Courtesy of Aris Katafygiotis

At 6 a.m, Aris Katafygiotis heads to the Ashley River in Charleston, South Carolina to row with his teammate Hank Michalik ’24. He then returns home to begin his remote internship in sales engineering for an artificial intelligence company. After a day of work, he always makes sure he writes, whether it be a script or another form of creative writing. Katafygiotis might be the epitome of a modern Renaissance man.

Entering Yale College as a first-year, Katafygiotis described his experience as walking into a “candy shop” because of the options before him. He wanted to try it all — robotics, film, rowing, debate. He tried to spread himself thin by joining each of activities but that “ruined everything” for him because he could not pledge himself to one central activity. Katafygiotis ended up busy in his first year, dedicating eight hours to rowing training and sleeping an average of 3.5 hours per day.

Katafygiotis always believed that he would major in physics until he realized that it was his parents who were motivating that decision. 

“I decided to take a step back and reevaluate what it is I thoroughly enjoy without any kind of external influence,” Katafygiotis said. “During this gap year, I’ve been considering more of what I want rather than what other people might want for me.”

This fall, he listened to his interests and took risks. He decided to take an internship for a Florida-based startup — Accent Technologies — that specializes in using artificial intelligence for revenue enablement and maximization. His experience at the company has made him consider declaring a dual major in computer science and electrical engineering.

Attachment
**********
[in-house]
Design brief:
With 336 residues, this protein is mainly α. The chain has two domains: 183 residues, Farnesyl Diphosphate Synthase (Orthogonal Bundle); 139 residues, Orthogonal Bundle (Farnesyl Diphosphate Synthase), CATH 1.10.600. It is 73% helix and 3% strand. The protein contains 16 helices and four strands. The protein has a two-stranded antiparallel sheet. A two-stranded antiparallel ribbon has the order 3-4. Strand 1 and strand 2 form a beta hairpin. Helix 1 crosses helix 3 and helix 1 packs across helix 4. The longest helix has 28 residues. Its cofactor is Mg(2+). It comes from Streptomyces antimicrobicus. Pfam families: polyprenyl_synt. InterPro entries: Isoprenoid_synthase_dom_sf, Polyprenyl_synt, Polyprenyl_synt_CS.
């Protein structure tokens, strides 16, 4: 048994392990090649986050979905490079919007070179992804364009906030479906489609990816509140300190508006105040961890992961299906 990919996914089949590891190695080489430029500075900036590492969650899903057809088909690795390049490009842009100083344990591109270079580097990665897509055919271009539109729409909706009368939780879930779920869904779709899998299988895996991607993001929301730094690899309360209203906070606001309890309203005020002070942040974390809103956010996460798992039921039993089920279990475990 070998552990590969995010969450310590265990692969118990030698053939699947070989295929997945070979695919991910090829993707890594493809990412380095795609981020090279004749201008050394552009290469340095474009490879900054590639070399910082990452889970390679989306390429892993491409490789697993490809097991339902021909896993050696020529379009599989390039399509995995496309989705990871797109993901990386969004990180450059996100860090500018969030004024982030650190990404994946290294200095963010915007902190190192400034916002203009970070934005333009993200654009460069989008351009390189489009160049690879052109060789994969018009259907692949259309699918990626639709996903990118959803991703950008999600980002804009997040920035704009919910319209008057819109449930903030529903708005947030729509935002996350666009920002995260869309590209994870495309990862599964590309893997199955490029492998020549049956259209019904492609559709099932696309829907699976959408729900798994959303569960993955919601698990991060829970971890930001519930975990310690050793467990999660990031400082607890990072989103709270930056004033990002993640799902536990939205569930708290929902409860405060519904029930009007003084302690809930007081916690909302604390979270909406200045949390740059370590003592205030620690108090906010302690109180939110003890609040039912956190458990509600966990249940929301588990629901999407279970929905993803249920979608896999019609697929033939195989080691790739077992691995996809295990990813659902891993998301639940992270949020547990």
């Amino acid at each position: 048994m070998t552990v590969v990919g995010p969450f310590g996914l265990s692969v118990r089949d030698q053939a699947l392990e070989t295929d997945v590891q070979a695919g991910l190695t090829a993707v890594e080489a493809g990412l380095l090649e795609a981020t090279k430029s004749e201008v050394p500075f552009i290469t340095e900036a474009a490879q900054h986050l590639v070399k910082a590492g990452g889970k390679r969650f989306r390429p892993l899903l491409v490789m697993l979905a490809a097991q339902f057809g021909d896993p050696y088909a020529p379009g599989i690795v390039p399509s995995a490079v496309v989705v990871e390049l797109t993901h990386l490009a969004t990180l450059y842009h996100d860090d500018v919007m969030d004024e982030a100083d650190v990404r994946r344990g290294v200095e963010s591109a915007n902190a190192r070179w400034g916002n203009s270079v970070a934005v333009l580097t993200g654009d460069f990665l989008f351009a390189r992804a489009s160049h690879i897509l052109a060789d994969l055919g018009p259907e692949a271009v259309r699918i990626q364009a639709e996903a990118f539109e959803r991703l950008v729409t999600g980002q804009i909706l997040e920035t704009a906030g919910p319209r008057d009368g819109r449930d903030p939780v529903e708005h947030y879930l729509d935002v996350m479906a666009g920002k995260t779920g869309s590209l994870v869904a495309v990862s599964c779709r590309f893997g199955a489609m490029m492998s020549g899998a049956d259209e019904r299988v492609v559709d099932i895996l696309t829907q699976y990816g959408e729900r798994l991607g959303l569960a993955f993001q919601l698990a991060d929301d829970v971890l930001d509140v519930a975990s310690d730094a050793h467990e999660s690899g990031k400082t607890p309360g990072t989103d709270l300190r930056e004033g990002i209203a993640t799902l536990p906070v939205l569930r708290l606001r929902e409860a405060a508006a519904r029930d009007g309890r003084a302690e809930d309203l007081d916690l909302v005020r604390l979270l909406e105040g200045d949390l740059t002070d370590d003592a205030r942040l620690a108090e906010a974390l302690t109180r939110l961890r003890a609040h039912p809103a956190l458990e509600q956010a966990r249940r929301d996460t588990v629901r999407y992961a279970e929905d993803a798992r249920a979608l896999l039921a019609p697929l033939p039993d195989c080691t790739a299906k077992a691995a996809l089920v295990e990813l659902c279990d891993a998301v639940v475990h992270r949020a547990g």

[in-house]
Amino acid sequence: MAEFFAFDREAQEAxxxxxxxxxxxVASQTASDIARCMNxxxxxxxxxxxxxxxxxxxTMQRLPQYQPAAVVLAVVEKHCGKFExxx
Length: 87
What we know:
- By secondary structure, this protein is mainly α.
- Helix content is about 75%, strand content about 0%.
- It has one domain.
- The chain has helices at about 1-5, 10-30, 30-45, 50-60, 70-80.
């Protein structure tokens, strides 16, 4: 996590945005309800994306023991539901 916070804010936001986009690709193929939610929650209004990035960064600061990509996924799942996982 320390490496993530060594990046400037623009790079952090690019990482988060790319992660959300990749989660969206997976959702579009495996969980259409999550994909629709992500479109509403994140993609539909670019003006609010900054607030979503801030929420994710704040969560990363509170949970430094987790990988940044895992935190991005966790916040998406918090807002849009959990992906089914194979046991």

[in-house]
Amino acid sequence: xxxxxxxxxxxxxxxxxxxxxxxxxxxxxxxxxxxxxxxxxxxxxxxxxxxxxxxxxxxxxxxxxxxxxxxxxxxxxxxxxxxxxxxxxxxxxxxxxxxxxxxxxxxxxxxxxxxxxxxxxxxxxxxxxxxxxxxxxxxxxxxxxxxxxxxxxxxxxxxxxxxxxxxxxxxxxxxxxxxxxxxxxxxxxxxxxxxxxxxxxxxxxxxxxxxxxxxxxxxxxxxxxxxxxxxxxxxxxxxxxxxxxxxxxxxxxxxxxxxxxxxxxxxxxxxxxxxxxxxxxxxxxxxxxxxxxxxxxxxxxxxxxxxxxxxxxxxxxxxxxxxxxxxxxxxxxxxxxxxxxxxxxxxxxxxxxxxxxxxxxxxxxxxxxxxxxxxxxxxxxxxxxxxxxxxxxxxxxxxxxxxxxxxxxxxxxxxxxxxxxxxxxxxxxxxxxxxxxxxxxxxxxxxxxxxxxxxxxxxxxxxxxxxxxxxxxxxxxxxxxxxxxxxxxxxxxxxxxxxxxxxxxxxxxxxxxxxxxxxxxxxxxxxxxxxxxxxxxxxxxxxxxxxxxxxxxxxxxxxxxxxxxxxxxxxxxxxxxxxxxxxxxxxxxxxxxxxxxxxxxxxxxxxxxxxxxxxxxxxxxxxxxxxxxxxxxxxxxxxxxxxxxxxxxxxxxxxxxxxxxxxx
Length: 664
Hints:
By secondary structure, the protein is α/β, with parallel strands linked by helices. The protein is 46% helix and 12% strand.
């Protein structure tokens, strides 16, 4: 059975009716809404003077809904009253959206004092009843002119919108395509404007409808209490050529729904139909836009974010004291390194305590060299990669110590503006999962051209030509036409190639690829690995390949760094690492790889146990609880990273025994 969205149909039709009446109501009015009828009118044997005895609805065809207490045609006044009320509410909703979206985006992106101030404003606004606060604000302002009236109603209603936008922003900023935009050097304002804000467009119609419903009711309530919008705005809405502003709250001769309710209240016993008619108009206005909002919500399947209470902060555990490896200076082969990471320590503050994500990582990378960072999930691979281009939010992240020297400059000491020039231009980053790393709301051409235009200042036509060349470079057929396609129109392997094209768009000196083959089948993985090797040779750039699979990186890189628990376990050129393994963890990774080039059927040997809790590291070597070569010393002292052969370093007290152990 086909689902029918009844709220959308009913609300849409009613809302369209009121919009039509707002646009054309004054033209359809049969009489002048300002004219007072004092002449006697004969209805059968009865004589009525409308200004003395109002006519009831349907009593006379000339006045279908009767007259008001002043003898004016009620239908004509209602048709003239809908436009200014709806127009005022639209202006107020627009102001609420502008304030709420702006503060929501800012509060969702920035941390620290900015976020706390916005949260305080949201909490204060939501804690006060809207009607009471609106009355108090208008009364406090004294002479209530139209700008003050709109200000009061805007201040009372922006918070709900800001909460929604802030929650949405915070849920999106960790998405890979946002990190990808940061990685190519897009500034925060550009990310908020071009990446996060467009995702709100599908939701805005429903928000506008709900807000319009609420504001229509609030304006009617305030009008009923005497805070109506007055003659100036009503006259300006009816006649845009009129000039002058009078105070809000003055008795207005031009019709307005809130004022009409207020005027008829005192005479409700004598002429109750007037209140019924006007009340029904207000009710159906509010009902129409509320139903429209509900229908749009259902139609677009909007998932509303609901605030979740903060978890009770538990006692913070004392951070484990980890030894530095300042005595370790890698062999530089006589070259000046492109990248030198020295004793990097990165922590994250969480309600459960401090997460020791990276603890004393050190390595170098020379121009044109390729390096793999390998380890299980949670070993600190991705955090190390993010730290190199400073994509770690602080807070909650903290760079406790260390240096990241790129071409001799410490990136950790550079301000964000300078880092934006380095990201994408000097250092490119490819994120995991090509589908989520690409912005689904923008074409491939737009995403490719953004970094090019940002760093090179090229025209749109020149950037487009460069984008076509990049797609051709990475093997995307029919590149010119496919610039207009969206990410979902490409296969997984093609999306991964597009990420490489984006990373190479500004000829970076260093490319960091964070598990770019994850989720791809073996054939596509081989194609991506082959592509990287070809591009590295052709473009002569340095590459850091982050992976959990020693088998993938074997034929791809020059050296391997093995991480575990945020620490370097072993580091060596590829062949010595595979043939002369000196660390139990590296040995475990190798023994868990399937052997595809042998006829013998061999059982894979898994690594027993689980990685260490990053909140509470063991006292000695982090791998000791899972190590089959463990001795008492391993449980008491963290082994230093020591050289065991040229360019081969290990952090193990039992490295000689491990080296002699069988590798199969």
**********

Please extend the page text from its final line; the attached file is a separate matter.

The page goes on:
He also wants to give one of his passions a try: film. At his Airbnb in Charleston, Katafygiotis is writing and directing a short film lasting 15 to 20 minutes that stars his five roommates. Next semester, Katafygiotis will move to Los Angeles to give acting a shot. 

Wynton Brown ’23 and Halli Watson ’24 thought the project was a joke until Katafygiotis started writing a 50-page script. 

Brown said that “the idea is to have some fun together and to have something that we can remember this fall because we’ve all become pretty good friends.”

Katafygiotis and his roommates all shared that living together has been a memorable experience. Watson told the News that she values Katafygiotis’ insights when reflecting on her future.

“Since both of us are taking a [leave of absence], it’s been nice to have someone who understands and is navigating a world without the stress of school for the first time too,” Watson said. “Every day you learn something new about your roommates or discover another side of someone and I think that is a unique experience you only get after you’ve lived with someone for some time.”

Katafygiotis is approaching his sophomore year at Yale with new learnings from his first year and gap year. He has finally learned how to better manage his time and now understands which study techniques work best for him.

Most importantly, he said, so far this year has taught him that his greatest passions lie both in film and computer science.

“I came down here, as I’m taking this gap year, for self-reflection and to realize that there is no rush in life,” Katafygiotis said. “I don’t want to go down the wrong path and chase after something that isn’t genuine.”

Razel Suansing | razel.suansing@yale.edu